Adam Smith (5 June 1723 – 17 July 1790) was a Scottish social philosopher and a pioneer of political economy. One of the key figures of the Scottish Enlightenment, Adam Smith is best known for two classic works: The Theory of Moral Sentiments (1759), and An Inquiry into the Nature and Causes of the Wealth of Nations (1776). The latter, usually abbreviated as The Wealth of Nations, is considered ... more »
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The machines that are first invented to perform any particular movement are always the most complex, and succeeding artists generally discover that, with fewer wheels, with fewer principles of motion,...Adam Smith (1723-1790), Scottish economist. "The Principles Which Lead and Direct Philosophical Inquiries," sct. 4, Essays on Philosophical Subjects (...
That wealth and greatness are often regarded with the respect and admiration which are due only to wisdom and virtue; and that the contempt, of which vice and folly are the only proper objects, is oft...Adam Smith (1723-1790), Scottish political economist. The Theory of Moral Sentiments, sixth edition, bk. I, ch. III, para. 1 (1790).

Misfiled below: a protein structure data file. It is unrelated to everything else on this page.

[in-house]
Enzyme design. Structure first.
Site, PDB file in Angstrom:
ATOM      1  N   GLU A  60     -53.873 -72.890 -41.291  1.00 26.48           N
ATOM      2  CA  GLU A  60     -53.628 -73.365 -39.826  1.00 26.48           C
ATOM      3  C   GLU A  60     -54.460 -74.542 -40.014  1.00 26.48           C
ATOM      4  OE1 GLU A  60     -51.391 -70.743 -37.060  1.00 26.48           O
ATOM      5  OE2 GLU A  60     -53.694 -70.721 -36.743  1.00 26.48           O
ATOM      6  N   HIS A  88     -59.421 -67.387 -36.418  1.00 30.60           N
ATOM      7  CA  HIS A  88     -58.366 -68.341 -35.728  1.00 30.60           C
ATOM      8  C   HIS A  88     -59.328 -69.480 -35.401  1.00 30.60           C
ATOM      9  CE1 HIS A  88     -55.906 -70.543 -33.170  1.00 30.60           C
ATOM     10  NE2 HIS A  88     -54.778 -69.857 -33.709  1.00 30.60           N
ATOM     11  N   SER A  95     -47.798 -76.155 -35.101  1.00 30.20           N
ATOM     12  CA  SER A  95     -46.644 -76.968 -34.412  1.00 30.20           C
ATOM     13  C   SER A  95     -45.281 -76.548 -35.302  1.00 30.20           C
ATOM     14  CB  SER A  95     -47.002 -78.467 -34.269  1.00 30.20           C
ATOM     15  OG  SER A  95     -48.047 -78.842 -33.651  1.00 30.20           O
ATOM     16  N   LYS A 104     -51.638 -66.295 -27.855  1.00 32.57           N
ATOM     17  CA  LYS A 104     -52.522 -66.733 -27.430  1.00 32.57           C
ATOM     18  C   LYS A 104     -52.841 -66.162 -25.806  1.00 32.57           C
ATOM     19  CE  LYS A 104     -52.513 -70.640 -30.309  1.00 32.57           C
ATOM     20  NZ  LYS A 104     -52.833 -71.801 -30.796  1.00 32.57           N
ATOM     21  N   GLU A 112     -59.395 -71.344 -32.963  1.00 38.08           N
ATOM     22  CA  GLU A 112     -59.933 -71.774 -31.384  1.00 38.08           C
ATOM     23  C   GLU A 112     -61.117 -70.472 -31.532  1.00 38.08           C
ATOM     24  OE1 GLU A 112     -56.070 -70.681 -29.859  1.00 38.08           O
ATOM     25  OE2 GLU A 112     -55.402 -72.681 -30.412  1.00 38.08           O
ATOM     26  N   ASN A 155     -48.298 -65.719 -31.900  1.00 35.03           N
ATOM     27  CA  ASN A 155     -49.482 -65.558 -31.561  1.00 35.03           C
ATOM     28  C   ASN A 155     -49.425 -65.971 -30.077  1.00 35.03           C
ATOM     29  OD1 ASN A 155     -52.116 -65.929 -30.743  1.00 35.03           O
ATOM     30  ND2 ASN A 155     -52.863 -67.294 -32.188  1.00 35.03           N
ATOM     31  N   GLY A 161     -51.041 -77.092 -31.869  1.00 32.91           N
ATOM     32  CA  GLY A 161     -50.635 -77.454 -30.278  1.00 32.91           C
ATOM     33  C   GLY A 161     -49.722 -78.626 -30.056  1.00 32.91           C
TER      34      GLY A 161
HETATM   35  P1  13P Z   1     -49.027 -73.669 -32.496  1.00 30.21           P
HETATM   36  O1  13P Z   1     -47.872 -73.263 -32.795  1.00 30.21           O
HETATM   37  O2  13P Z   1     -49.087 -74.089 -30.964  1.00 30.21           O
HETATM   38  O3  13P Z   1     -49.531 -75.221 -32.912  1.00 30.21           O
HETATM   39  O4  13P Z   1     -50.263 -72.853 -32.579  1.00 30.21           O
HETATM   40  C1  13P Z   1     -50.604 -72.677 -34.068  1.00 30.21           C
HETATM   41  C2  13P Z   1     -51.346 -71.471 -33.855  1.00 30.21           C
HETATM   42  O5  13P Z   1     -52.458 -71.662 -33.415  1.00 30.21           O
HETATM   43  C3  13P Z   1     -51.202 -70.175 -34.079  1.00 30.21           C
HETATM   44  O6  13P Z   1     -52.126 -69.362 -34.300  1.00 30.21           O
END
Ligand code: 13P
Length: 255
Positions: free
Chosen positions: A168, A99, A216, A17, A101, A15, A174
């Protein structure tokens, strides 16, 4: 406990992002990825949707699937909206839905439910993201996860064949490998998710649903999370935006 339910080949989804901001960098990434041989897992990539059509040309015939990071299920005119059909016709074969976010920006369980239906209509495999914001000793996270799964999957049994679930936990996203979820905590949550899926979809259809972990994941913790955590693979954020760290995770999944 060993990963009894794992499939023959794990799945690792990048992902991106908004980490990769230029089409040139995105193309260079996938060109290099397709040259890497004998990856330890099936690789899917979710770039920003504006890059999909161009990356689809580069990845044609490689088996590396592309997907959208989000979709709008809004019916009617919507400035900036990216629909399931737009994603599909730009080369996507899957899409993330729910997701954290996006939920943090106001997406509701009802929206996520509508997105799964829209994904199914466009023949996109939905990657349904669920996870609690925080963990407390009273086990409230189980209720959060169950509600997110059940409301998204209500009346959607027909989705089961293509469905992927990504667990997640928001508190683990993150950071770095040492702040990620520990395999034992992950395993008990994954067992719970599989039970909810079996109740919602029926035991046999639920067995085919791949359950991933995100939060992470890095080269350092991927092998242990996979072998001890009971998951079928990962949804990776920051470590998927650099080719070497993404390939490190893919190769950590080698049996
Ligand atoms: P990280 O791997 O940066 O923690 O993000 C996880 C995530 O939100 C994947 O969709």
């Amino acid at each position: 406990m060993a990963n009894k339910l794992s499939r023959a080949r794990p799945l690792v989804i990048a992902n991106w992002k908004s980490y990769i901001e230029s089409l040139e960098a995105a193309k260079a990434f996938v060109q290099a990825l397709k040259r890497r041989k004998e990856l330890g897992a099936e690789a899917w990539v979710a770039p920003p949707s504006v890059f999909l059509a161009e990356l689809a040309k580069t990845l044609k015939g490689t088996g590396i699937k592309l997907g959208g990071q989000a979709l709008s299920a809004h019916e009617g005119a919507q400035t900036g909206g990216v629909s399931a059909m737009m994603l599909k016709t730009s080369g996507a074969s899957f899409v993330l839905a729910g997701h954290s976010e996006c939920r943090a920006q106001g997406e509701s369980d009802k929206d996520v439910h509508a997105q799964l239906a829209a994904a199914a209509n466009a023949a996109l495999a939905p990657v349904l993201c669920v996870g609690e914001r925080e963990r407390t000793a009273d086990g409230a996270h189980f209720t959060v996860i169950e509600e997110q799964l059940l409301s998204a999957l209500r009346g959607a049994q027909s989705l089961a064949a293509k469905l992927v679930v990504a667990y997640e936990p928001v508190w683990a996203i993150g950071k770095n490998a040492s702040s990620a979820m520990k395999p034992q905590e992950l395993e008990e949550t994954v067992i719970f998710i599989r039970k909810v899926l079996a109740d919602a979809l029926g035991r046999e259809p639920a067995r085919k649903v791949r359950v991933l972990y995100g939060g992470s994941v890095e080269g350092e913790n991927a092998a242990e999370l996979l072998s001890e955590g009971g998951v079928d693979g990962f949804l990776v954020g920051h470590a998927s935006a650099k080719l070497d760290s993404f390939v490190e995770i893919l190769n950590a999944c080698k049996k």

''Great ambition, the desire of real superiority, of leading and directing, seems to be altogether peculiar to man, and speech is the great instrument of ambition.''Adam Smith (1723-1790), Scottish political economist. The Theory of Moral Sentiments, sixth edition, bk. VII, sect. IV, para. 25 (1790).
To found a great empire for the sole purpose of raising up a people of customers, may at first sight appear a project fit only for a nation of shopkeepers. It is, however, a project altogether unfit f...Adam Smith (1723-1790), Scottish economist. The Wealth of Nations, vol. 2, bk. 4, ch. 7 (1776). Stevenson's Book of Quotations cites a similar rem...